Mouvance, the Opera

A chance encounter late summer 2018 in Sackville, New Brunswick led me to participate in something I never imagined doing. Inspired by my work, Suzie LeBlanc, soprano and director of Le Nouvel opera asked me to design and make the set and costume for a new opera she was preparing with composer Jérôme Blais. I hesitated, not sure how I could integrate this into my already full-time work as the artist-in-residence at Mount Allison University. Erik Edson, the director of the art department convinced me that this would be a great opportunity for my student interns, Bre Darlison and Madeleine Hanson.

I had no idea of the complexity and the amount of time and travel the project would demand. I knew it would be a tight fit as I was busy preparing a solo exhibition for April 2019 and the opera would premiere in Halifax in January 2019. To complicate matters, we would be working from three different locations with Jérôme in Halifax, Suzie and stage director, François Racine in Montreal and me in Sackville. I was asked to work long-distance with students from Dalhousie University. Samantha Baljet, a second-year student in costume design at Dalhousie became an indispensable part of the team, as well as James Woodhouse, also a student there in stage design.

The opera, Mouvance is a reflection on the 1755 expulsion of the Acadians, presented through the poetry of contemporary Acadian authors. Nine poems are set to music by Jérôme Blais, performed by Suzie LeBlanc and accompanied by Norman Adams on cello, Jeff Torbert on guitar, Eileen Walsh on clarinet, and D’Arcy Gray on percussion. My sculpture, Inside Passage a boat made of dictionary covers had already been requested as an anchor point in the design. I would need to integrate it with a backdrop for video projections by Phil Commeau and Jonah Haché as well as a screen for the musicians.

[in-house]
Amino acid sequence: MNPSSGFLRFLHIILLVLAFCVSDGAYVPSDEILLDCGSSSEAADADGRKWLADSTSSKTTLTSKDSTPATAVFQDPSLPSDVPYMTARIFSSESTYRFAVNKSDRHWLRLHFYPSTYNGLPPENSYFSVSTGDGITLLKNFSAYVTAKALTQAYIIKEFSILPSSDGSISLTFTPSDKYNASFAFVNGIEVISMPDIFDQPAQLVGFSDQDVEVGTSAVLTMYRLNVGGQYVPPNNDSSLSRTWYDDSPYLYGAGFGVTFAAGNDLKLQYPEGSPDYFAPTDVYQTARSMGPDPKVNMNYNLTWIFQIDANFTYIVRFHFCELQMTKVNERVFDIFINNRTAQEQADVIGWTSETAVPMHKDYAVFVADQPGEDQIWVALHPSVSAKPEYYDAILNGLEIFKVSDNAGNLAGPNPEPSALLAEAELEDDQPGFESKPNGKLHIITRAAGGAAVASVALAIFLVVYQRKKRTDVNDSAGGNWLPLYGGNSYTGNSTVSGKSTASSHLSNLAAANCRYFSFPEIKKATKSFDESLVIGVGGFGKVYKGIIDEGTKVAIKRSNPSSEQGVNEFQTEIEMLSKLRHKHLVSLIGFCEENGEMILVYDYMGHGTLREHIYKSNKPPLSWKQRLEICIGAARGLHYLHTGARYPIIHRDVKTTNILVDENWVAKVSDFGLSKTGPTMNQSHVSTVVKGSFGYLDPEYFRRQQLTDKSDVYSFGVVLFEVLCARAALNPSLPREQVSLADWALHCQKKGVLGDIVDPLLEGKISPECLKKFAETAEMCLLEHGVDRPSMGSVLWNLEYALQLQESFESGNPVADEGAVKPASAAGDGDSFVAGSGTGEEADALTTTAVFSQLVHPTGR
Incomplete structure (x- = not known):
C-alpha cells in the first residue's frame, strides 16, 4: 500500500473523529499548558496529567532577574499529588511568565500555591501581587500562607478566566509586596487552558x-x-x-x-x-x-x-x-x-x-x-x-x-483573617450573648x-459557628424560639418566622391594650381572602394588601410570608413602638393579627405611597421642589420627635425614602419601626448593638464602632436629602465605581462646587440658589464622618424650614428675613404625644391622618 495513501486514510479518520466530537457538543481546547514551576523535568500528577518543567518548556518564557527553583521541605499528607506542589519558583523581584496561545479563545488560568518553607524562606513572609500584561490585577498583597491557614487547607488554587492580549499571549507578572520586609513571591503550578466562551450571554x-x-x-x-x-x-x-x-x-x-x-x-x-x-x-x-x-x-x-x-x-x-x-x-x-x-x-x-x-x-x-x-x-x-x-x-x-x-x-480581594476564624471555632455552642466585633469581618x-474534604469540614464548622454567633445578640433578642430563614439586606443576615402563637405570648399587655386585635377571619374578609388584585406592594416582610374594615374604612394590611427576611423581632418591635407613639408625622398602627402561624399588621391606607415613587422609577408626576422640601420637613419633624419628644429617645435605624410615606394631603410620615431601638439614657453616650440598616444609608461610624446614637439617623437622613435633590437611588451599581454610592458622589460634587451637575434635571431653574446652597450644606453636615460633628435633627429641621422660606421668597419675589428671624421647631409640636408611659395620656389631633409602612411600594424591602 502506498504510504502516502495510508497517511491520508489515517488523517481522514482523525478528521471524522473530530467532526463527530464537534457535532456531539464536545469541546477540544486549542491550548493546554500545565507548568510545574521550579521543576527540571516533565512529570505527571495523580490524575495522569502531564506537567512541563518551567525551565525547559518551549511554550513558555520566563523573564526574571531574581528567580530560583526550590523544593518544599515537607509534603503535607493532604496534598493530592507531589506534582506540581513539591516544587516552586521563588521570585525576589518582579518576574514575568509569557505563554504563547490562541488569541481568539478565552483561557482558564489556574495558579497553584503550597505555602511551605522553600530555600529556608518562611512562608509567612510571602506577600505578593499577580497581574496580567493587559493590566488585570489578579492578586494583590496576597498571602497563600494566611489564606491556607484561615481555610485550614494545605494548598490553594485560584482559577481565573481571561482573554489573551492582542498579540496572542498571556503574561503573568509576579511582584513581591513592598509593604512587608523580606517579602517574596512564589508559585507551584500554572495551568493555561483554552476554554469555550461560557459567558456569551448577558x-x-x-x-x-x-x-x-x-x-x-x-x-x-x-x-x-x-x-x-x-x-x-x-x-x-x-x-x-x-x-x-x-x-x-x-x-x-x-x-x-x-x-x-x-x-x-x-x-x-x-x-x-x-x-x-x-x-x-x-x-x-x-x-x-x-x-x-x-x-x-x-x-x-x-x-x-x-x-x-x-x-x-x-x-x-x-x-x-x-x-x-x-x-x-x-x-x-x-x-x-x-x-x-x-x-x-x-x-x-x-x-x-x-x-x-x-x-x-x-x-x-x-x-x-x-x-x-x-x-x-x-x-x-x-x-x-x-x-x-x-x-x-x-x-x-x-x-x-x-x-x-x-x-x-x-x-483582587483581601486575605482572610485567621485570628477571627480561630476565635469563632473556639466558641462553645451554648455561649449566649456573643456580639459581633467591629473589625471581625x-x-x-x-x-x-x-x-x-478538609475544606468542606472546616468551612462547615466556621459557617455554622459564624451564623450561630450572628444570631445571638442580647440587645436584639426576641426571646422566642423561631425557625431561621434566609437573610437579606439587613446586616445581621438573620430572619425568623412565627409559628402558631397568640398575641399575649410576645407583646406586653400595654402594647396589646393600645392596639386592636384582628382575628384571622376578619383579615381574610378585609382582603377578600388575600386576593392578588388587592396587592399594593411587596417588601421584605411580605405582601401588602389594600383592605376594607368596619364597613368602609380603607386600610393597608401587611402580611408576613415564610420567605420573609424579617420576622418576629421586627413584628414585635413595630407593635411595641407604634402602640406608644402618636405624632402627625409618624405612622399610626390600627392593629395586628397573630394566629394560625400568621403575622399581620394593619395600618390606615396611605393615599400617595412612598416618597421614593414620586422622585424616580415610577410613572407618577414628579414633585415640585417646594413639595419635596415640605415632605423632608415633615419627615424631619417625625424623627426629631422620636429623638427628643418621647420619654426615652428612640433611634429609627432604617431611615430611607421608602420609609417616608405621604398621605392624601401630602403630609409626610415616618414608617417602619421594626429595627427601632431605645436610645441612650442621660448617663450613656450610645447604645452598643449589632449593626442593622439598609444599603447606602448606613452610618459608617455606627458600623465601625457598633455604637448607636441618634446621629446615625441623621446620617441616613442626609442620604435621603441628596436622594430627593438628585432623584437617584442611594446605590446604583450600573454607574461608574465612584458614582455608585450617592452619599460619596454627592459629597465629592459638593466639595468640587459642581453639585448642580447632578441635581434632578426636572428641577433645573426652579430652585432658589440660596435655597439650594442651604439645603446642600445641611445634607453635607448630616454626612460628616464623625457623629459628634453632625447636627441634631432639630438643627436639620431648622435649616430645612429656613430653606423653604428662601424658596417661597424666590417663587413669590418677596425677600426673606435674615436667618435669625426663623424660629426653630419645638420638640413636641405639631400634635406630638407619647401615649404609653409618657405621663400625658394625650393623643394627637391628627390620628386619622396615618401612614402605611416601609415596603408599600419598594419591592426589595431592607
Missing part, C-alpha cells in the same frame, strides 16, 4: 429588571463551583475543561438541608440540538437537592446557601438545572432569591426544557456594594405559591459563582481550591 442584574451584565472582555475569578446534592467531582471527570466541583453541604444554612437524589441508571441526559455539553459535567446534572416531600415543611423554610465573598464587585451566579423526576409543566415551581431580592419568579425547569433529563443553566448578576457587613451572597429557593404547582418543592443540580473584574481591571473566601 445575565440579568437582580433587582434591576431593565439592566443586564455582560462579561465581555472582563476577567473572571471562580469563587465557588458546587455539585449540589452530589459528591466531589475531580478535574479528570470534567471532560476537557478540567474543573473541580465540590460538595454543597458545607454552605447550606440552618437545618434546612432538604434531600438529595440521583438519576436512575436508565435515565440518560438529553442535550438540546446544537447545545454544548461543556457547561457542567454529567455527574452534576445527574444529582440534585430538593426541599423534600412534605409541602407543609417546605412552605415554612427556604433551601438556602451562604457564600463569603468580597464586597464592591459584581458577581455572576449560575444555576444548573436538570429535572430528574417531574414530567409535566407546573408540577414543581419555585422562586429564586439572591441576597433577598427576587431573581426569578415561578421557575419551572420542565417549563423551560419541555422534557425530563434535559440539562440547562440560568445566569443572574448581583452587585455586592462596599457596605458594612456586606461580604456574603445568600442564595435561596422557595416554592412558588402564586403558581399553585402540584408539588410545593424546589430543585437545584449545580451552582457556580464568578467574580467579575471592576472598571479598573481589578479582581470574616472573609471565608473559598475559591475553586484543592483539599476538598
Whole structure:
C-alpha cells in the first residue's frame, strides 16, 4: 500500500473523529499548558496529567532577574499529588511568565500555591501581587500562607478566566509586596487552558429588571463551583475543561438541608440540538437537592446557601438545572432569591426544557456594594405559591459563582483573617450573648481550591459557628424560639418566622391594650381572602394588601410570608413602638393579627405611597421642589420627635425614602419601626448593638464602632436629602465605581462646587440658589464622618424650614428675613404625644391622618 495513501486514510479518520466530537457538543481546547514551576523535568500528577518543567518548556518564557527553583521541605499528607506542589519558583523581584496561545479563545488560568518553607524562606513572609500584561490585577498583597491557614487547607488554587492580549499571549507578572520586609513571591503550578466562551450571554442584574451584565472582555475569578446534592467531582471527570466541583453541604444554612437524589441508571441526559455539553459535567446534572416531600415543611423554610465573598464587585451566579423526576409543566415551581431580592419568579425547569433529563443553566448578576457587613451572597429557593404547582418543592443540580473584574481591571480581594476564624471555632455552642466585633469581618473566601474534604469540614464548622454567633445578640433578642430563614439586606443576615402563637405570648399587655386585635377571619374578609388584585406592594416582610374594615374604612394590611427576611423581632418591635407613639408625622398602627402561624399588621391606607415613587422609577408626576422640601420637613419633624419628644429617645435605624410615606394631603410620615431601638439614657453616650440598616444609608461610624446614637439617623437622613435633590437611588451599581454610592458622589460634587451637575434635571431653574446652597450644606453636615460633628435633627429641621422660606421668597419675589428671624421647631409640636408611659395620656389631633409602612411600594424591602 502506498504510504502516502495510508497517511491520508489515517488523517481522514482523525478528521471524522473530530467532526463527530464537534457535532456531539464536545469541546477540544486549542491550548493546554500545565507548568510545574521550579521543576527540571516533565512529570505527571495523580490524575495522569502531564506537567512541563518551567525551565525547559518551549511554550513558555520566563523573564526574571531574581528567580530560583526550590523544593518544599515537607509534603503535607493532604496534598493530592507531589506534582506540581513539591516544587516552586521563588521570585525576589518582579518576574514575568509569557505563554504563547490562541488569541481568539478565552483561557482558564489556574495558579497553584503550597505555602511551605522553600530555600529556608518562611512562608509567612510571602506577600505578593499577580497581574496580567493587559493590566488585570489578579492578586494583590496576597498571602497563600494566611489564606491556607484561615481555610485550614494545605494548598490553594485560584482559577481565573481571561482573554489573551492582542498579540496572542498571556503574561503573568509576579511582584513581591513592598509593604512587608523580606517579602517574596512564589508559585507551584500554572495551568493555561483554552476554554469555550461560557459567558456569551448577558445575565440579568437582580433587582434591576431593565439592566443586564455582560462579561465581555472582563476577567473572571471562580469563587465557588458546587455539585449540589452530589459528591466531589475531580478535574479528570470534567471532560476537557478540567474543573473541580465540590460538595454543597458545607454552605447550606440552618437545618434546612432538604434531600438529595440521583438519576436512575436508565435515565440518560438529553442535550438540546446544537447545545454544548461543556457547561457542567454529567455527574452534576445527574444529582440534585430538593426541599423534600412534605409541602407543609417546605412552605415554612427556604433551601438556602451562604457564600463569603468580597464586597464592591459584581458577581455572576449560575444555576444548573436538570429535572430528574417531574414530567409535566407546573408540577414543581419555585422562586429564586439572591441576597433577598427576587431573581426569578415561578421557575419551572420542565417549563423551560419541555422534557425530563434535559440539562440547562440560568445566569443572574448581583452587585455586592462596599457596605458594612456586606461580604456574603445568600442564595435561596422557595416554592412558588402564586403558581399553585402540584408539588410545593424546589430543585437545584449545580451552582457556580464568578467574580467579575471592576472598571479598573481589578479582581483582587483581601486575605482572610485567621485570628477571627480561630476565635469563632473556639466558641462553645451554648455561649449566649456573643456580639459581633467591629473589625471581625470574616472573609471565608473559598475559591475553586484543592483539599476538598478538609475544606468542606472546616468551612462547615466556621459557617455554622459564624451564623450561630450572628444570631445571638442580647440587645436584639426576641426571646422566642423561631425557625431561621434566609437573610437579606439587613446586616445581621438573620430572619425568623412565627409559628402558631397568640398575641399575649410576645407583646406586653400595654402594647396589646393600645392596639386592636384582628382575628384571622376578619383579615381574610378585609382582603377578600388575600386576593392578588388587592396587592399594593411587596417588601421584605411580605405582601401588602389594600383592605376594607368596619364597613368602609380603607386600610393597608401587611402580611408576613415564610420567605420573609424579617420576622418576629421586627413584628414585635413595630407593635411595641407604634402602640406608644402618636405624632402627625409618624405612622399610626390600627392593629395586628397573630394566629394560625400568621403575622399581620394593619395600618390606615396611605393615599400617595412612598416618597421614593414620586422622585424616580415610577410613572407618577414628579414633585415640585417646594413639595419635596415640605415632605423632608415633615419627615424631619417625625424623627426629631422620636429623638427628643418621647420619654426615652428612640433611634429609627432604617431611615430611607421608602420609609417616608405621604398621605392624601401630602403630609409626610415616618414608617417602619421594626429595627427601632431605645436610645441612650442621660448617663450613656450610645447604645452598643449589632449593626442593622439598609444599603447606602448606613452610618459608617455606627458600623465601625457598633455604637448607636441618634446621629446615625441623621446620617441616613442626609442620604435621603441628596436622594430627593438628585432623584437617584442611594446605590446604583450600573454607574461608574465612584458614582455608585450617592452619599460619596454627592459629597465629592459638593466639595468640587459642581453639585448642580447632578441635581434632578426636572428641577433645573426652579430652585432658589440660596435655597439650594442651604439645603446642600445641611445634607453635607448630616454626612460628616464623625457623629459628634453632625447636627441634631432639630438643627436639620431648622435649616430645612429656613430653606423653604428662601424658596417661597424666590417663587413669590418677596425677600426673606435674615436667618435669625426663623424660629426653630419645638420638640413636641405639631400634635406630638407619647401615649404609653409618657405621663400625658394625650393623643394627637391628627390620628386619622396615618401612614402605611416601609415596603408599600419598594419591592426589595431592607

Working in consultation with the stage director, I made preliminary sketches of the stage. Madeleine and I worked through some ideas for Suzie’s costume and Samantha started sourcing fabric in Halifax. I knew I wanted to hang fishing nets as screens for the musicians and I had hoped that my paper-thread net would make an interesting screen for the videos, but it became apparent that a more opaque and uniform surface would be necessary. After many phone calls, dead ends and trips to several fishers willing to sell or donate fishing nets, I found a variety of nets.

Mid-October, everyone involved in the production came together over a weekend at Dalhousie University, Halifax to meet, share, fit Suzie for her dress, choose the fabrics and especially for Suzie and the musicians to rehearse. Mid-November, I headed home to Montreal for my birthday and a short break. Samantha had sent me a cotton mock-up of the dress and I met with Suzie in Montreal for a fitting. I sent it back to Samantha so she could proceed with the making of the dress. It was then in Montreal that it became obvious that getting the boat sculpture to Halifax from Montreal was proving to be expensive and was ultimately made impossibly complicated by a freight elevator under renovation in the building where the sculpture was stored. I tried taking it apart and putting it in my car. It just would not fit. I drove back to New Brunswick without the boat. I had to find another solution.